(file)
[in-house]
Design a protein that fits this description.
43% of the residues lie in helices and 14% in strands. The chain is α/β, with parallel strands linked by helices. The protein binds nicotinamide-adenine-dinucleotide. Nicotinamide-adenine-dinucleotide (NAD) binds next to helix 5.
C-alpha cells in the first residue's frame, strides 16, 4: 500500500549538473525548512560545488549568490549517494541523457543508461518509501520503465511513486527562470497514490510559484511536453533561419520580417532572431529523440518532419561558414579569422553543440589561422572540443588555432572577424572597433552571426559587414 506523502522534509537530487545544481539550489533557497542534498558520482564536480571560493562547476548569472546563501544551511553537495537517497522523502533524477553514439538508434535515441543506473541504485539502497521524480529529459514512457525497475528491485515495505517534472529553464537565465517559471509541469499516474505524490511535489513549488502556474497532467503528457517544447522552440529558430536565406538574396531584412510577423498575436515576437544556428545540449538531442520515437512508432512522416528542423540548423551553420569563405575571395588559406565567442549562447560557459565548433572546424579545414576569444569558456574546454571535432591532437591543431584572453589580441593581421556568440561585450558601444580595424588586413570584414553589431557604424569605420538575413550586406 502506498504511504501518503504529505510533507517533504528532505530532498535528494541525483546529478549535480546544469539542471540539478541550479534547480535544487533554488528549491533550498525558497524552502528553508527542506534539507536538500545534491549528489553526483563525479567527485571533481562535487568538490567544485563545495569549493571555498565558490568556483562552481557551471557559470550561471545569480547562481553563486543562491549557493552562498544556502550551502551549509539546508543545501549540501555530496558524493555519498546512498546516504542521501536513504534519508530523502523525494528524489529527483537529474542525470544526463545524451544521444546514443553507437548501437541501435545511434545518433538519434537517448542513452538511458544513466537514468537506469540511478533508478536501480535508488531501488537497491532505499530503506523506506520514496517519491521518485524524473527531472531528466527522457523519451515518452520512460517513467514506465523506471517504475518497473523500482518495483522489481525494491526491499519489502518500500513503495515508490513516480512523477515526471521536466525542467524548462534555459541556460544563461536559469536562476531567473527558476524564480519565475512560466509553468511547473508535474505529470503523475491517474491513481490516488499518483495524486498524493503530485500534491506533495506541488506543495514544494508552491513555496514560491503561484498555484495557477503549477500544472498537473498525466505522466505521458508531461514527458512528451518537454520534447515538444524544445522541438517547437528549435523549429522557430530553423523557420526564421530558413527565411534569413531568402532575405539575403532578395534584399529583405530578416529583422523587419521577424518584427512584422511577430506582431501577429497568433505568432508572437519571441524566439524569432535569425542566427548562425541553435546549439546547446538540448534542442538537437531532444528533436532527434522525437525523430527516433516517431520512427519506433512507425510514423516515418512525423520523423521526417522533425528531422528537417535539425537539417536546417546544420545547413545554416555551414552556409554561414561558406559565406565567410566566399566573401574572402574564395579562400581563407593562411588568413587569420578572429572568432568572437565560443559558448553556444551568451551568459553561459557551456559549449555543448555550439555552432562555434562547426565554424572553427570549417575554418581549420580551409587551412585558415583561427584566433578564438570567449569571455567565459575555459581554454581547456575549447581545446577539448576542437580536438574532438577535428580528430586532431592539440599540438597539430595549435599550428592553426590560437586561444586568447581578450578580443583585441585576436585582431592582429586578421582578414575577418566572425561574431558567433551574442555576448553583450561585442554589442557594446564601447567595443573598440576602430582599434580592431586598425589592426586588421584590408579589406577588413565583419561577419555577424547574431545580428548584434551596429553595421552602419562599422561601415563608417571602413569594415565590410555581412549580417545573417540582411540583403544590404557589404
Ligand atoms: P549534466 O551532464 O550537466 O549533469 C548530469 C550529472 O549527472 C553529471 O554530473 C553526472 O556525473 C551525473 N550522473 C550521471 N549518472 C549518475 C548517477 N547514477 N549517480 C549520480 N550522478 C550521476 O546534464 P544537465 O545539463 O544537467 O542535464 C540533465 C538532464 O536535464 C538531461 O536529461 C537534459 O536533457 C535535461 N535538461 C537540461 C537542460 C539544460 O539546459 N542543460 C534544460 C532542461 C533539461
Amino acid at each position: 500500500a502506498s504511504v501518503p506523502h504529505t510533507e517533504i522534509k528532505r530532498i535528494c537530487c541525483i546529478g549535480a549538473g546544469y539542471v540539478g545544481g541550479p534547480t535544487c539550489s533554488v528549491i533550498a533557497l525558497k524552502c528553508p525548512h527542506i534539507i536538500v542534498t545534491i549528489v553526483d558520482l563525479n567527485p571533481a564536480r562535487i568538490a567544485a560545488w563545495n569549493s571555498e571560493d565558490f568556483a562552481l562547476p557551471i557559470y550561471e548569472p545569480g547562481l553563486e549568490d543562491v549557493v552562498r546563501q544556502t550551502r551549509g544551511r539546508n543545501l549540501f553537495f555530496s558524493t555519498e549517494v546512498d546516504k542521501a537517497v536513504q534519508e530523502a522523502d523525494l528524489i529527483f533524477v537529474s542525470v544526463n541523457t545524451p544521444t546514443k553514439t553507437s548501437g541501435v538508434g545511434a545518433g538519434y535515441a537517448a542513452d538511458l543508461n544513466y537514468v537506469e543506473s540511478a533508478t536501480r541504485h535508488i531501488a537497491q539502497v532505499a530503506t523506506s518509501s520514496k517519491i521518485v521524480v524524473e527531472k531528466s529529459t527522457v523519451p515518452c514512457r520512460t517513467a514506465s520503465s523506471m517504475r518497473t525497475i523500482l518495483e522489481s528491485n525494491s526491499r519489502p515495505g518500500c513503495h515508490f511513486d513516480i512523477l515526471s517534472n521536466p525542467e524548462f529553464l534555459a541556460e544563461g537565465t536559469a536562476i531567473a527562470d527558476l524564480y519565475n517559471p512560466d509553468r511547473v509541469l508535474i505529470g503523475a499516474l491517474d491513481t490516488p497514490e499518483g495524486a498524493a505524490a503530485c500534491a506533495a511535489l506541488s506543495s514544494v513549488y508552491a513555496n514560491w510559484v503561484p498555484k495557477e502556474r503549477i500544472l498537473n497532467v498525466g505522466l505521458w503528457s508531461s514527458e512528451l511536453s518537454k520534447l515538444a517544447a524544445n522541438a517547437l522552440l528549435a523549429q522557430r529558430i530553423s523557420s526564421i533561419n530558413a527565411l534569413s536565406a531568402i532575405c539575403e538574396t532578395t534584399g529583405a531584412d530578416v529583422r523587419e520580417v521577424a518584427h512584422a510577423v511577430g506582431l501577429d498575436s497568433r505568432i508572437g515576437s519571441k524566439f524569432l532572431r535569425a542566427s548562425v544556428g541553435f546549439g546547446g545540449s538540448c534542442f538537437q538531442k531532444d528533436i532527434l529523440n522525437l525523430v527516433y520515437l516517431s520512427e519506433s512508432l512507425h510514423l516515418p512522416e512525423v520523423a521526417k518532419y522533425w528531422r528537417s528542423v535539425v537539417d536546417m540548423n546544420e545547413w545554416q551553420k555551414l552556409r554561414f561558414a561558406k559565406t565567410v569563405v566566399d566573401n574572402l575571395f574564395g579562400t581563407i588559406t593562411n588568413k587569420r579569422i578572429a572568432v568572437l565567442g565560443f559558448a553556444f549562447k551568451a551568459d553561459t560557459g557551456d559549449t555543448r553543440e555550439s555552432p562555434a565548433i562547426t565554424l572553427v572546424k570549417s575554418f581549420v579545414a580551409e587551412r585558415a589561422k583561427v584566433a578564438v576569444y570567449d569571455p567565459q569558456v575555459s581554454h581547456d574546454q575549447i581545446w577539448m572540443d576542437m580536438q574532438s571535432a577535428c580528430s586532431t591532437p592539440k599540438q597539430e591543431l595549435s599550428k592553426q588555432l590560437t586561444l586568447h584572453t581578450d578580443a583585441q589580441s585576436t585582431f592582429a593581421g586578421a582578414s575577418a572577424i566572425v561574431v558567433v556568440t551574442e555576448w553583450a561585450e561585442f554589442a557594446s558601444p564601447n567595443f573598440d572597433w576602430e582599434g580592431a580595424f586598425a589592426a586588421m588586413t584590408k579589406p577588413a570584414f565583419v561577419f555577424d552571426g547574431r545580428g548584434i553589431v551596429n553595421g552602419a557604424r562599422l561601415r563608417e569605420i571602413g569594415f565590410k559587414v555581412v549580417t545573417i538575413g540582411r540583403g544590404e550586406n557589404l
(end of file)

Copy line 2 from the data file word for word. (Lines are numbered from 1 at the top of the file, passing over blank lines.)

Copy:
Design a protein that fits this description.